At large in London: the public Rodin that nobody owns
Government departments and agencies all deny The Burghers of Calais is theirs
By Martin Bailey. News, Issue 229, November 2011
Published online: 14 November 2011
Rodin’s The Burghers of Calais, which is among Britain’s most important public sculptures, does not appear to have a legal owner. It stands outside the Houses of Parliament and across the road from Henry Moore’s Knife Edge Two Piece, which is similarly ownerless.
The Burghers of Calais was donated to “the nation” by the National Art Collections Fund, now the Art Fund. Depicting six life-size figures in chains, it commemorates the heroes of the 1347 siege of Calais.
Cast in 1908, the London version is one of only four bronzes made during Rodin’s lifetime. In 1911 the National Art Collections Fund bought it for £2,400. Two years later Rodin visited London to discuss its siting in Victoria Tower Gardens.
The Burghers of Calais was finally unveiled by the government’s Office of Works in 1915. This department became a ministry during the second world war and, after a long series of bureaucratic changes, most of its “works” functions were hived off to various agencies, with some residual responsibilities eventually passing to the Department for Environment, Food and Rural Affairs. Last month a spokesman denied that it owns the Rodin.
So who does own it? Although adjacent to the Palace of Westminster, the Parliamentary Art Committee says that it is not theirs. Victoria Tower Gardens belongs to the sovereign, but is managed by Royal Parks. This has led to the assumption that Royal Parks owns the work. The Burghers of Calais has in recent years been lent to two exhibitions—the Art Fund-sponsored “Saved!” (Hayward Gallery, 2003-04) and “Rodin” (Royal Academy, 2006)—with Royal Parks being credited as the lender.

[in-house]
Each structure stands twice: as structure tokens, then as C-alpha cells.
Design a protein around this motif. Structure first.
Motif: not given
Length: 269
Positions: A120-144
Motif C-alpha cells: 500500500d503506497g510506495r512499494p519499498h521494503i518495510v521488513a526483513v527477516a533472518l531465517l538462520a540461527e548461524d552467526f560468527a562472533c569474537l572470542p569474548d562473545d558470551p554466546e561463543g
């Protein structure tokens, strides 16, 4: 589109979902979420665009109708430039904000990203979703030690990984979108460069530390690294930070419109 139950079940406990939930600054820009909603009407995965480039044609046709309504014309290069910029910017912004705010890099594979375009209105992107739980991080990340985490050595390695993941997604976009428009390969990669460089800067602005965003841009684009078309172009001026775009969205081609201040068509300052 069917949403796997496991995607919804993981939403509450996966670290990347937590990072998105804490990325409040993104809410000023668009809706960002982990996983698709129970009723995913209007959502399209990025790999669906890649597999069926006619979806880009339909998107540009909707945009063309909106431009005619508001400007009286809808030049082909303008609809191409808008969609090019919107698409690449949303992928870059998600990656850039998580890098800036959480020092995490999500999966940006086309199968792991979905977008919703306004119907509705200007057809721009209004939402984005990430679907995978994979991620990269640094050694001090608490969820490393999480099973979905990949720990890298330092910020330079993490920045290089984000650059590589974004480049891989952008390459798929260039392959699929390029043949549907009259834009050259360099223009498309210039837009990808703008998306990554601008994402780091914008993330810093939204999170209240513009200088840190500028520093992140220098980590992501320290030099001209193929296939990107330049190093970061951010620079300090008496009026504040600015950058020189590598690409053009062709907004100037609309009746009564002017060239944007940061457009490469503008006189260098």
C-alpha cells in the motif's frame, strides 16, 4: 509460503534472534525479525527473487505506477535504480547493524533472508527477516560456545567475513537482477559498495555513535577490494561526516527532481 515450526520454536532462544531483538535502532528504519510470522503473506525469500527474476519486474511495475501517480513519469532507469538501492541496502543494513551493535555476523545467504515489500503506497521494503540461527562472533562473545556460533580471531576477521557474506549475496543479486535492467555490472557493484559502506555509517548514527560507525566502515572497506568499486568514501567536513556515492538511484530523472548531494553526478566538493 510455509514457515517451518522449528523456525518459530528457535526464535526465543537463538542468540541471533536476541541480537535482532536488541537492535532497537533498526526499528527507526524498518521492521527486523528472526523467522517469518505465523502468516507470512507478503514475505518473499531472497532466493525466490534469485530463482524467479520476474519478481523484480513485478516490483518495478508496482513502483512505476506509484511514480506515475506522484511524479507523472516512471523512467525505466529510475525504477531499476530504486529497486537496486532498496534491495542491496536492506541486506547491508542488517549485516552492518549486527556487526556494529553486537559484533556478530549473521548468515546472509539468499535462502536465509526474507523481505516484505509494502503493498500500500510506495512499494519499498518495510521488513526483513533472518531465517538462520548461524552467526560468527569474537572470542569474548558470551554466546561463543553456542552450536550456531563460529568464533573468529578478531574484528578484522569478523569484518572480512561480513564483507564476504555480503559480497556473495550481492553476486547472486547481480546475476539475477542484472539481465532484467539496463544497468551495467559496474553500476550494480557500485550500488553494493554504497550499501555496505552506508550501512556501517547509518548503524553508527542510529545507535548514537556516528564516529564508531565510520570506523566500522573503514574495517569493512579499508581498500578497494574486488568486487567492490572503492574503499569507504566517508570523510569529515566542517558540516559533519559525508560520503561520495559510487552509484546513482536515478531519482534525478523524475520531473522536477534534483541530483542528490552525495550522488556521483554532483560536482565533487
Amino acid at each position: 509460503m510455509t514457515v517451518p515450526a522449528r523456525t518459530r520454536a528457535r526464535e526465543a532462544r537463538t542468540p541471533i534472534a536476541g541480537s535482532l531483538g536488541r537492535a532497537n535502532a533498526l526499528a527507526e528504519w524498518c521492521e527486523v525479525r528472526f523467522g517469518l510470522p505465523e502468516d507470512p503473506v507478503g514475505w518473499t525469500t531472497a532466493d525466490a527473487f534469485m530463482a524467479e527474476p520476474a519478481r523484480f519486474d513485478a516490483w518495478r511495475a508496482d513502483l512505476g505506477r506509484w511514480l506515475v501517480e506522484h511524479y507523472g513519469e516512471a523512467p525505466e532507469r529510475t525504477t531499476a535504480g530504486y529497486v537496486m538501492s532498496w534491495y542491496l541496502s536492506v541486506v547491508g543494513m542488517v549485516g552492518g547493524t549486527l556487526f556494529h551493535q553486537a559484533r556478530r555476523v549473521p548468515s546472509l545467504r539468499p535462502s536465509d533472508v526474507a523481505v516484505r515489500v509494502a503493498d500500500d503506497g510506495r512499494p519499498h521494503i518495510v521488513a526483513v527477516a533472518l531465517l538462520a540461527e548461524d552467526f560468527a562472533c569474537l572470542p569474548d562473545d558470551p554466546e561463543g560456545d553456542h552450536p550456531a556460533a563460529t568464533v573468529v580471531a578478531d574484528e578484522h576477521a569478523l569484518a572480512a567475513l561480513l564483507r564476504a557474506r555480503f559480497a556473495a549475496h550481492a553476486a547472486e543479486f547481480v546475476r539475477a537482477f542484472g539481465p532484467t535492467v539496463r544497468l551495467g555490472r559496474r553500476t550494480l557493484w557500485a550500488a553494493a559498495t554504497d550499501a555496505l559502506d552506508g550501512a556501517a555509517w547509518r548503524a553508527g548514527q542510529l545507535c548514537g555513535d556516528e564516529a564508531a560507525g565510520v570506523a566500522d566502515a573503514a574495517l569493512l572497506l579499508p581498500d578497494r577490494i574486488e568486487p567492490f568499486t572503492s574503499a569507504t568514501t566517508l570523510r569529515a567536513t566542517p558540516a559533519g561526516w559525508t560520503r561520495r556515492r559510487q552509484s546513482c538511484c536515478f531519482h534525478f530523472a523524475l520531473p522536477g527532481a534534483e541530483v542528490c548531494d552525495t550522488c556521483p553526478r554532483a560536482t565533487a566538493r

A Royal Parks spokesman says that, although it looks after the Rodin, it does not own it. It said the owner is the Department for Culture, Media and Sport (DCMS). The Art Fund’s database also records the DCMS as the owner.
The DCMS, which oversees Royal Parks, contradicted its own agency. “It’s not ours,” a DCMS spokesman said, after double-checking.
By the 1990s, The Burghers of Calais was in “desperate need of conservation”, said the Art Fund, whose then chairman Nicholas Goodison launched a campaign. Wanting to get the work done promptly, he and his wife Judith undertook to fund it, to mark his retirement as chairman. The conservation project was a major event in the fund’s centenary year in 2003.
The conservation was arranged with Royal Parks, since the Art Fund was led to believe that The Burghers of Calais was owned by its parent body, the DCMS. The key point for Goodison was that Royal Parks undertook “to maintain the sculpture and be responsible for future conservation”.
Unsuitable black wax was removed from the sculpture, graffiti was cleaned off and the bronze was given a new protective coating. The sculpture was mounted on a more appropriate plinth in 2004.
An Art Fund spokeswoman says “we clearly need to do everything we can to identify the current owner of the Rodin”.
On 1 November, after we went to press, a 1989 cast of just one of the figures of The Burghers of Calais was due for sale at Christie’s, New York, estimated at $800,000 to $1.2m. The London sculpture, with six figures cast during Rodin’s lifetime, is worth very considerably more.
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